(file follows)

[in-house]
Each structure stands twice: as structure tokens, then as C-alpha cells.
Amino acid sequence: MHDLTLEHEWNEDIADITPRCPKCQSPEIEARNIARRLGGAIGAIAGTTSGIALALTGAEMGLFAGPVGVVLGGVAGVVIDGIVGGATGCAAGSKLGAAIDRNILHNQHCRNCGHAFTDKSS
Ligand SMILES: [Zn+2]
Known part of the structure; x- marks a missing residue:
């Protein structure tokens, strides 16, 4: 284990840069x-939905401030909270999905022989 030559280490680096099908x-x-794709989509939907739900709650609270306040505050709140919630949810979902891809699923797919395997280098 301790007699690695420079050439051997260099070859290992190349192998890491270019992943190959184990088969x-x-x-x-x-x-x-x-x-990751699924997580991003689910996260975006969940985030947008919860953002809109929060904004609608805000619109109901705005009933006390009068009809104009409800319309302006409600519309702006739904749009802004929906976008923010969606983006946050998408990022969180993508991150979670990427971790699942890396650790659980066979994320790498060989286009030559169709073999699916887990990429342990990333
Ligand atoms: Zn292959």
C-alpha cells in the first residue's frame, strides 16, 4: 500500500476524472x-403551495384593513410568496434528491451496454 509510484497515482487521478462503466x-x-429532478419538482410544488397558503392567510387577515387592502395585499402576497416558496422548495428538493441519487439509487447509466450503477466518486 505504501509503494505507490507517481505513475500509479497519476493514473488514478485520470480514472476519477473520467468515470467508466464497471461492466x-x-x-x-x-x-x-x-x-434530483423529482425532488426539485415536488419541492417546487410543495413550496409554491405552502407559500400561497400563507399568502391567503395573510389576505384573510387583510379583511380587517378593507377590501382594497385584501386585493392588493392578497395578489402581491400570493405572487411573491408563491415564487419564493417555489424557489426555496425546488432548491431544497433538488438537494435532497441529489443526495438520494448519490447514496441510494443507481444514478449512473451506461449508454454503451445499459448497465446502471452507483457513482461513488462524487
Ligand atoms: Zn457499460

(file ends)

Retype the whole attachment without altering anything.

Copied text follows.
[in-house]
Each structure stands twice: as structure tokens, then as C-alpha cells.
Amino acid sequence: MHDLTLEHEWNEDIADITPRCPKCQSPEIEARNIARRLGGAIGAIAGTTSGIALALTGAEMGLFAGPVGVVLGGVAGVVIDGIVGGATGCAAGSKLGAAIDRNILHNQHCRNCGHAFTDKSS
Ligand SMILES: [Zn+2]
Known part of the structure; x- marks a missing residue:
């Protein structure tokens, strides 16, 4: 284990840069x-939905401030909270999905022989 030559280490680096099908x-x-794709989509939907739900709650609270306040505050709140919630949810979902891809699923797919395997280098 301790007699690695420079050439051997260099070859290992190349192998890491270019992943190959184990088969x-x-x-x-x-x-x-x-x-990751699924997580991003689910996260975006969940985030947008919860953002809109929060904004609608805000619109109901705005009933006390009068009809104009409800319309302006409600519309702006739904749009802004929906976008923010969606983006946050998408990022969180993508991150979670990427971790699942890396650790659980066979994320790498060989286009030559169709073999699916887990990429342990990333
Ligand atoms: Zn292959």
C-alpha cells in the first residue's frame, strides 16, 4: 500500500476524472x-403551495384593513410568496434528491451496454 509510484497515482487521478462503466x-x-429532478419538482410544488397558503392567510387577515387592502395585499402576497416558496422548495428538493441519487439509487447509466450503477466518486 505504501509503494505507490507517481505513475500509479497519476493514473488514478485520470480514472476519477473520467468515470467508466464497471461492466x-x-x-x-x-x-x-x-x-434530483423529482425532488426539485415536488419541492417546487410543495413550496409554491405552502407559500400561497400563507399568502391567503395573510389576505384573510387583510379583511380587517378593507377590501382594497385584501386585493392588493392578497395578489402581491400570493405572487411573491408563491415564487419564493417555489424557489426555496425546488432548491431544497433538488438537494435532497441529489443526495438520494448519490447514496441510494443507481444514478449512473451506461449508454454503451445499459448497465446502471452507483457513482461513488462524487
Ligand atoms: Zn457499460